I think what the author of this post is struggling to name what is commonly called “back door losses.” These losses come from a number of sources not just our errant children, but they are a big part of it. (By the Grace of God all three of our adult children are still attending a LCMS church, yet I know I did not do a good job of catechizing them as children.) More to the point we need to develop a rubric for measuring these back door losses in our annual statistics. I developed one several years ago for my own knowledge and it is not a pretty picture. When looking into this you will also find that many churches do not keep good records, especially for their membership rolls. Look at your own church membership rolls and I would estimate that you will find anywhere from 5 to 15 percent haven’t been seen in church in two or more years. I have seen higher percentages. Some go to other Christian denominations (we should be ashamed), some move away and are never heard from again, some drop out and are still around town(we should be more ashamed).

    I will use a marketing term here to make my point, “We as Lutherans, often do not take the needed steps to develop “brand loyalty” among our members.” How do you develop this loyalty? It starts with orthodox Word and Sacrament ministry, and from that point continuous education for the adults in the BOC, Bible studies, and a host of other Lutheran religious topics. Don’t forget that you will have “beginners” the new Christians, which need something easier to start on than what may be the current study in Revelations. I personally witnessed this when a couple who had never attended Bible class before were encouraged to come and they did. However, they did not know their books of the Bible and couldn’t look up Scripture. They were basically too embarrassed to come back. Think about the need for a beginners class on How to Use a Study Bible and give them a set of indexes for their Bible so they can find the books readily. You won’t regret it.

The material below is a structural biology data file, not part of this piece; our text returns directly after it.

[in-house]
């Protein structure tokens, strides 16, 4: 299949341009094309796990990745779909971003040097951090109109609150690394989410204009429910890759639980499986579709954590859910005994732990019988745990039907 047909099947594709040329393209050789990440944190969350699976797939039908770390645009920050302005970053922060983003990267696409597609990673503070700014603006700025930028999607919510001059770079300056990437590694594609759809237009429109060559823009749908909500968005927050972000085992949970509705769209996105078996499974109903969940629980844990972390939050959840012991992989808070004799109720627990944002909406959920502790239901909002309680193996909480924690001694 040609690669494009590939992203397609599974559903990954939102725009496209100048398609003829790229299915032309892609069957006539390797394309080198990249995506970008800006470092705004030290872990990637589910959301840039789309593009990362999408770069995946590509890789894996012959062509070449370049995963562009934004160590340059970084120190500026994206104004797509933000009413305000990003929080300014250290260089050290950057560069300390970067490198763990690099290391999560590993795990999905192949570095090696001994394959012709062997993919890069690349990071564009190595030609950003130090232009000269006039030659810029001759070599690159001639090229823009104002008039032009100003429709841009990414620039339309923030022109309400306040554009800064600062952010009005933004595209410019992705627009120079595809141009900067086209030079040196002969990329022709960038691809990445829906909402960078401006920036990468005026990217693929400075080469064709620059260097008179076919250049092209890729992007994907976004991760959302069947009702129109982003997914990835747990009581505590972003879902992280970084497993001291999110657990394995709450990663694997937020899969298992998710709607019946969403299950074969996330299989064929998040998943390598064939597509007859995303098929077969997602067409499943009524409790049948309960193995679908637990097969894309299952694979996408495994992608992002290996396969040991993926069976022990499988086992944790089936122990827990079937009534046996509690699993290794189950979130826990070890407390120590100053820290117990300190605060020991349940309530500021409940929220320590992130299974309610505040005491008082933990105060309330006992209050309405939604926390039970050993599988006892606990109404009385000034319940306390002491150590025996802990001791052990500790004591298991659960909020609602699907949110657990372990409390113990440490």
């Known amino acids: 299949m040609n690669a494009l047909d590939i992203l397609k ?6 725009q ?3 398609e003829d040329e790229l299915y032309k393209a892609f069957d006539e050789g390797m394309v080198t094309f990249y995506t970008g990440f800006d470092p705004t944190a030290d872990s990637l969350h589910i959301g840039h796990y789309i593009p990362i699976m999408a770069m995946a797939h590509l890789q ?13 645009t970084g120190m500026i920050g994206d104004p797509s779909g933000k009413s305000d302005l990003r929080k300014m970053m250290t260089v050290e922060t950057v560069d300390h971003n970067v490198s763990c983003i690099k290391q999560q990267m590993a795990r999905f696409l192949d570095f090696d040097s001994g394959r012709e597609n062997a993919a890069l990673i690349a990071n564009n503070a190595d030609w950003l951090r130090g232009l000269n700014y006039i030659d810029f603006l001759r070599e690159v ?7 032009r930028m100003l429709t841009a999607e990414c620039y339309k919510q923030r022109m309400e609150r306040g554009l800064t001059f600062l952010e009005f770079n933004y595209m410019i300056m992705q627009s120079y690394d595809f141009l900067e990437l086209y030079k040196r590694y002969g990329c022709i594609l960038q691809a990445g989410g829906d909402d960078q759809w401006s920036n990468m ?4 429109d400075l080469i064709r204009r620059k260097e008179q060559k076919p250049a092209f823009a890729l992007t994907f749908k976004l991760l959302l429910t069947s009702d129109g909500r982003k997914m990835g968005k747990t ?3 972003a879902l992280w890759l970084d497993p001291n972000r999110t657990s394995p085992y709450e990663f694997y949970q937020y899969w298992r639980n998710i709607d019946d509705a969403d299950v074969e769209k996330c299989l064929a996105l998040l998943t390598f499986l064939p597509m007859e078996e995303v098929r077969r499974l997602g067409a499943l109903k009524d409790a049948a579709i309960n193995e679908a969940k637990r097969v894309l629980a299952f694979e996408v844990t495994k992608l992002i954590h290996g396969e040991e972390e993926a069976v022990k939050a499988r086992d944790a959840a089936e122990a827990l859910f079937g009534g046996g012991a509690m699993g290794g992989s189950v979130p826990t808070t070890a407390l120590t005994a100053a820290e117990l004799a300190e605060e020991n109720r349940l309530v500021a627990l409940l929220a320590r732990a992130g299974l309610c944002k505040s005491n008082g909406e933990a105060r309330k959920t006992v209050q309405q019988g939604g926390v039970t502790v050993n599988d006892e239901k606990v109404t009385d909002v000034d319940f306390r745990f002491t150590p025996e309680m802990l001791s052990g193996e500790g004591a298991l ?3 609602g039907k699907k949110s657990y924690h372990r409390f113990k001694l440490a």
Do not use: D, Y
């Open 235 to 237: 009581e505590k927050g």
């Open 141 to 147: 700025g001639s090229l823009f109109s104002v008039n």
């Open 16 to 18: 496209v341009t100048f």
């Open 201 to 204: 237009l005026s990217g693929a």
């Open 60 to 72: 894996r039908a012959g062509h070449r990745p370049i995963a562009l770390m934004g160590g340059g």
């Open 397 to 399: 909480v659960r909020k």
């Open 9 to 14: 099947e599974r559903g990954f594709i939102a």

Sadly, some Lutherans are more prone to leaving your congregation because of a perceived slight or offense than they are for bad doctrine, etc. They lack the basic skills to deal with the “bumps in the road” encountered along life’s pathway populated with man’s sin. Development of brand loyalty among the adults is key to retention of adults and I would submit also their children. We need to take the same care in what the youth are receiving during their high schools years as done for adults. Are we teaching them how to become active Lutheran adults in our congregation, engaged in our educational efforts, or are we focusing on teaching them how not to be Lutheran? Just as bad would be a culture of basically ignoring them, like they have no worth and are only passing through before they go off to college or military service, etc. There is an excellent chance you won’t see them again, if such is the case.